Pickleball vs Paddle Tennis: What’s the Difference?

If you are confused about telling a comparison of Pickleball vs Paddle Tennis, you are not alone in the league. Many people cannot tell the exact difference, although being an avid players of one game or both. Not only can it confuse a beginner who is just starting out, but also it can embarrass you when talking in public.

From the name letters to their playing styles, pickleball and paddle tennis have a fair share of similarities. Most people get confused, and we don’t blame you as we thought “paddle tennis” was another name for pickleball. But that’s not the case; both sports do involve racquets and some differences. Here’s our rundown on Paddle Ball vs Pickleball after a few months of research.

Understand The Similarities!

Before we jump to differences, you have to know that they have only three similarities.

  • Both sports are taken from tennis so the playing style involves racquets, balls, and the net.
  • Players can play singles or doubles teams outdoors or indoors. The teams must keep the ball in the air and within the boundaries of the court.
  • The courts of pickleball and paddle tennis are smaller than an actual tennis court.

Difference between Pickleball and Paddle tennis

Watching a pickleball and paddle tennis match can make you think that both are the same sports. But the players of both sports need to know the difference to pick out which one is for them. The main differences between Pickleball and paddle tennis are listed below:

Court size and layout:


The Pickleball court has 30×60 feet in dimensions, whereas the paddle Tennis is smaller, 50’x20’ in size. Also, the positioning of the net’s height is also not similar. In paddle tennis, the net is at the height of 31 inches in the centre. However, the net is kept at 34 inches in the centre and 36 inches on both sides.


At a distance of 7 feet from the net, there is a “no-volley zone or kitchen” in pickleball. In this, the player can not do volleys. Such a zone or area is not found in the Paddle tennis court but there is a backcourt that indicates the area between the baseline and the sideline.

The paddle tennis court is more beginner-friendly as there are no restrictions for smacking the ball. People find it hard to get used to the non-volley zone of the pickleball court, but it’s more challenge worthy.

Types of equipment:


The racket can be 15 to 17 inches in height in pickleball and only 17.5 inches in paddle tennis. Furthermore, paddle tennis paddles can be textured, but pickleball paddles need to have a smooth surface.


To hit balls across the court, pickleball players started by using a Wiffle ball. By some time, pickleball came to be lightweight plastic balls with holes. But the paddle tennis balls are made up of rubber which is slightly larger than ping pong balls.

Scoring rules:

Scoring system:

Just like in tennis, paddle tennis follows the “love” scoring system. The player receives 15 for the first point, then 30 to 40, and the game is finished when the fourth point is gained.

People who know how to score tennis will find pickleball scoring quite complex, but it’s simple. The point starts from 1, and the team who reaches 11 first wins by a difference of two points.

Scoring players:

People who like entertaining challenges will find pickleball scoring rules more fun. In pickleball, only the serving team can score. The receiver can only wait for the server to do faults so that serving can be given to him, and he can score. Whereas in paddle tennis, both serving and receiving players can score points.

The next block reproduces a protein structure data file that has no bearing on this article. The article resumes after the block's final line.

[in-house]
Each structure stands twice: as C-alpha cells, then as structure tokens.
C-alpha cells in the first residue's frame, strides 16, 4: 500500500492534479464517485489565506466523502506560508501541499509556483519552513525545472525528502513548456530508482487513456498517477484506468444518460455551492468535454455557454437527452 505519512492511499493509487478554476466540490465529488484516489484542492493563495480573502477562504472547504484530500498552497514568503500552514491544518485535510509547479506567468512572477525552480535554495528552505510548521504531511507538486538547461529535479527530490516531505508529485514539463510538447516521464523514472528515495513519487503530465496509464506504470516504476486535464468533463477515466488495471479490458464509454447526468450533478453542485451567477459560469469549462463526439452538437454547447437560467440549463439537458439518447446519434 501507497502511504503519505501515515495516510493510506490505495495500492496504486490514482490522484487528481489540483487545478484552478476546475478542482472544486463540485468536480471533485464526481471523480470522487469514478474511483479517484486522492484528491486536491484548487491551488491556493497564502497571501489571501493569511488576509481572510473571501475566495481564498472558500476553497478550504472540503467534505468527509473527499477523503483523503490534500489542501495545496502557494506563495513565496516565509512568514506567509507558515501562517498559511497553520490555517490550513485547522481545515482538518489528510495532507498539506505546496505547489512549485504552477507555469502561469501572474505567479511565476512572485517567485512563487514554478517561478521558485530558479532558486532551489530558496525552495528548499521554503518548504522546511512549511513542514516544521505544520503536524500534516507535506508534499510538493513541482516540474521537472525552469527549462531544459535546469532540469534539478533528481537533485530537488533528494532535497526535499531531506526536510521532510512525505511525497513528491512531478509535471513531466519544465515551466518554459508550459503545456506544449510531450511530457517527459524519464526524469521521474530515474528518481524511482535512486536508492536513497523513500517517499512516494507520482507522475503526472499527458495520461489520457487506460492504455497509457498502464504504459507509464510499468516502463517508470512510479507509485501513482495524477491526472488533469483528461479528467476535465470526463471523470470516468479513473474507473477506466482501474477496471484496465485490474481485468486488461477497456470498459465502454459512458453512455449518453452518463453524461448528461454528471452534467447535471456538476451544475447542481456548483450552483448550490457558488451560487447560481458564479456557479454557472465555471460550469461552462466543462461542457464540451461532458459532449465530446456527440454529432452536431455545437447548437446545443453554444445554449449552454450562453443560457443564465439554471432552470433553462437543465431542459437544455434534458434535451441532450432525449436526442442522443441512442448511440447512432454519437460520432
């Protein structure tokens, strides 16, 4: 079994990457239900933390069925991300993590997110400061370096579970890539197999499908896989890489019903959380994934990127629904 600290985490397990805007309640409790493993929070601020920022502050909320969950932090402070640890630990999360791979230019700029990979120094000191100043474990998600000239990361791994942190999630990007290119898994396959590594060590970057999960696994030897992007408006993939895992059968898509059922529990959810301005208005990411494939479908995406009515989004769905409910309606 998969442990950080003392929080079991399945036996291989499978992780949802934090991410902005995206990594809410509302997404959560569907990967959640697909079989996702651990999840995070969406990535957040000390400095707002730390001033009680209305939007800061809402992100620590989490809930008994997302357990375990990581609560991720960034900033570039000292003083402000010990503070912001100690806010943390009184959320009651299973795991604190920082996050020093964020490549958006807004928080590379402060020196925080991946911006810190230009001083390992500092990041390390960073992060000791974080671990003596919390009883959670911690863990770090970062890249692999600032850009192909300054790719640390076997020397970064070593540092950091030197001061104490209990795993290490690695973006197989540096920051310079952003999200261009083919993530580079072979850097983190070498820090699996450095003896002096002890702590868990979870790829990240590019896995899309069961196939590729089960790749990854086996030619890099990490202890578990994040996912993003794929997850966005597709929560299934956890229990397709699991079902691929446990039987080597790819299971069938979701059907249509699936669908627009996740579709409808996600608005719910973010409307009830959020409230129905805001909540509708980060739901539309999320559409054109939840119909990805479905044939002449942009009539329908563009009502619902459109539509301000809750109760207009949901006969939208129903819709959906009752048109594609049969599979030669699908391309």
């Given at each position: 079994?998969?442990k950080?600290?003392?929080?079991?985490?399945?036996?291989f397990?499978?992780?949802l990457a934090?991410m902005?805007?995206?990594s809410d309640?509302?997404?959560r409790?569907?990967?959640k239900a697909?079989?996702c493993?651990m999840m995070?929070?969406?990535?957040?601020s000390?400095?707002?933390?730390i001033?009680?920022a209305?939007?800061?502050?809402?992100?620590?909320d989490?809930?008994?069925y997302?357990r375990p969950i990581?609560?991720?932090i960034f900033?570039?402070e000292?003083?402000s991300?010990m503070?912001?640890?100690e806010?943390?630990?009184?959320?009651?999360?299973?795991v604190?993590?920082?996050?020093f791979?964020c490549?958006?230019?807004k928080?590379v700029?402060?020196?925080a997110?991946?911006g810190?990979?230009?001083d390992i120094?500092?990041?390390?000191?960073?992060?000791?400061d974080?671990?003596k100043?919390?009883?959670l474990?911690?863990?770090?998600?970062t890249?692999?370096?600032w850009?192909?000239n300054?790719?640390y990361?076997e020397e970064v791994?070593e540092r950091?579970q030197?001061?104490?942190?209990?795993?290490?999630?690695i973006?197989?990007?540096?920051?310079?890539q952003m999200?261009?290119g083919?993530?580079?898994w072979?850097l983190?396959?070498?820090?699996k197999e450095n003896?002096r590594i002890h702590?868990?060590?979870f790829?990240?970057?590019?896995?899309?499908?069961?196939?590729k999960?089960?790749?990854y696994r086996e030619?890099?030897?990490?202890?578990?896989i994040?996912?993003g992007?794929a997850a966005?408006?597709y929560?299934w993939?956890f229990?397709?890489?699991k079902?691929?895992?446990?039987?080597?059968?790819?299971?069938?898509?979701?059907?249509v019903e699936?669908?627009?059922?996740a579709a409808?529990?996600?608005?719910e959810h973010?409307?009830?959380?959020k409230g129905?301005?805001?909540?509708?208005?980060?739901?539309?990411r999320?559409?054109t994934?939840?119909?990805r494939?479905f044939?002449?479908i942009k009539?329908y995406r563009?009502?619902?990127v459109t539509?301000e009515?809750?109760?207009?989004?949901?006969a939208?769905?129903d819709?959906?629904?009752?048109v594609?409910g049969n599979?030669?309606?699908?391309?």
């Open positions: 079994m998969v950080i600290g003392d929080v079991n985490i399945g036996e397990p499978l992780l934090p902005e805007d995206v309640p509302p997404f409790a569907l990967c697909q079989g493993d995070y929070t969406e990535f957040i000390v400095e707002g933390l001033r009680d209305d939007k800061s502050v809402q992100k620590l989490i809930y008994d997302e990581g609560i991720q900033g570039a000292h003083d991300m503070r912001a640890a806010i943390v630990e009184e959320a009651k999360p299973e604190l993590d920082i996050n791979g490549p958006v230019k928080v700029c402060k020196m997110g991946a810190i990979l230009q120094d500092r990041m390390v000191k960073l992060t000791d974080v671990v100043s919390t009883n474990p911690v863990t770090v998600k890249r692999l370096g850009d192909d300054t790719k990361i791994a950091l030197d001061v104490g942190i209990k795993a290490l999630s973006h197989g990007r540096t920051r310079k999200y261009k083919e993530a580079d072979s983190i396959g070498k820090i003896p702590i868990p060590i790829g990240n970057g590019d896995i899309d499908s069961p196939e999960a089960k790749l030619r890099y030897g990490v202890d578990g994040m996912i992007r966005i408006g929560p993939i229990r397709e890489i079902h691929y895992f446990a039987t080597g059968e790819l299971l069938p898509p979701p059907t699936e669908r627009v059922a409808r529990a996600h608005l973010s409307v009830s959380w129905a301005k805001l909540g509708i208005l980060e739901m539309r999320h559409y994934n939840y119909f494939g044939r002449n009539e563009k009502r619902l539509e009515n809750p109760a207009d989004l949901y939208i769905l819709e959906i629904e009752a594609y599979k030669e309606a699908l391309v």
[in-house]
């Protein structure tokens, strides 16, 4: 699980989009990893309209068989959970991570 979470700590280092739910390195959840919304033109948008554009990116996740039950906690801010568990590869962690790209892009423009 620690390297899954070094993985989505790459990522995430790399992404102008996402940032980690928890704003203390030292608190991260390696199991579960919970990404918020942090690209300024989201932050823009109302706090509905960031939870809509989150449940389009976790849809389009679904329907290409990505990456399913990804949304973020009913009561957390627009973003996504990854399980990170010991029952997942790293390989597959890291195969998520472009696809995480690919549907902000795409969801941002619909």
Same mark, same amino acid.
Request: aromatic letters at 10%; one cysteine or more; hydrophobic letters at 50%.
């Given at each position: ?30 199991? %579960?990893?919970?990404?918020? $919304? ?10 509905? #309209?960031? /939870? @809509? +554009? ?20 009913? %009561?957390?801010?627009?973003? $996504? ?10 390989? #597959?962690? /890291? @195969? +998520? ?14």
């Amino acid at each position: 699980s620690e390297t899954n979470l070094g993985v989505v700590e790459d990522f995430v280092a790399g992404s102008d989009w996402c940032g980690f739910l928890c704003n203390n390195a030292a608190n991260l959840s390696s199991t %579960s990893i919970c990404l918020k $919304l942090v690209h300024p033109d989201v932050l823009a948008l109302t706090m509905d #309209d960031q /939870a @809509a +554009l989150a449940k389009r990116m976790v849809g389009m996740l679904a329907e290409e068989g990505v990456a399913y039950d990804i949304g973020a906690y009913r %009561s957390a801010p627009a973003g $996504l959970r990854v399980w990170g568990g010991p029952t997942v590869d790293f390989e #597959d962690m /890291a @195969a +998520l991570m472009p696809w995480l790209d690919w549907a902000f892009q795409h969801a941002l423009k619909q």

Origin of Pickleball:

Joel Pritchard, Bill, and Barney started playing pickleball in the summer of 1965. They played the game regularly on Bainbridge Island in Washington with handcrafted equipment. In a matter of days, Joan came up with its name, and that’s how it originated. The group played with handmade equipment and established rules. Gradually, it got popular in the US and Canada. Today, it is promoted by USAPA.

Origin of paddle tennis:

An Episcopal minister named Frank Peer Beal invented paddle tennis in lower Manhattan in 1915. He convinced the city’s department to build paddle tennis courts at Washington Square Park in Greenwich Village in 1915 in order to provide leisure activities for area kids. It’s been popular, and people in the US play it during winter.


All in all, both sports are low-impact sports, and people of all ages can play. By testing, we found out both sports increase heart rate in a similar range, i.e 120=150 bpm. People need to have little fitness to get started, and long hours of matches can help burn calories. Try both sports and find out which is best for you! Both are equal in one thing and that is fun!


  1. Which sport is easier for beginners; Pickleball or Paddle tennis?

Paddle tennis has no restrictions in layout, so beginners will find it easy to play. Pickleball has a “non-volley zone”, which is quite challenging.

  1. Which is a better cardio workout, paddle tennis or pickleball?

Paddle tennis requires fast footwork with heavier balls, so it’s a better workout choice.

  1. Is it possible to play pickleball on a paddle tennis court and vice versa?

No, it’s better to play both sports in their specified court system, and dimensions as both layout and size are different.

  1. Is paddle tennis the same sport as pickleball?

They may look similar, but they are altogether different games in terms of play, strategies of games, courts and rules.

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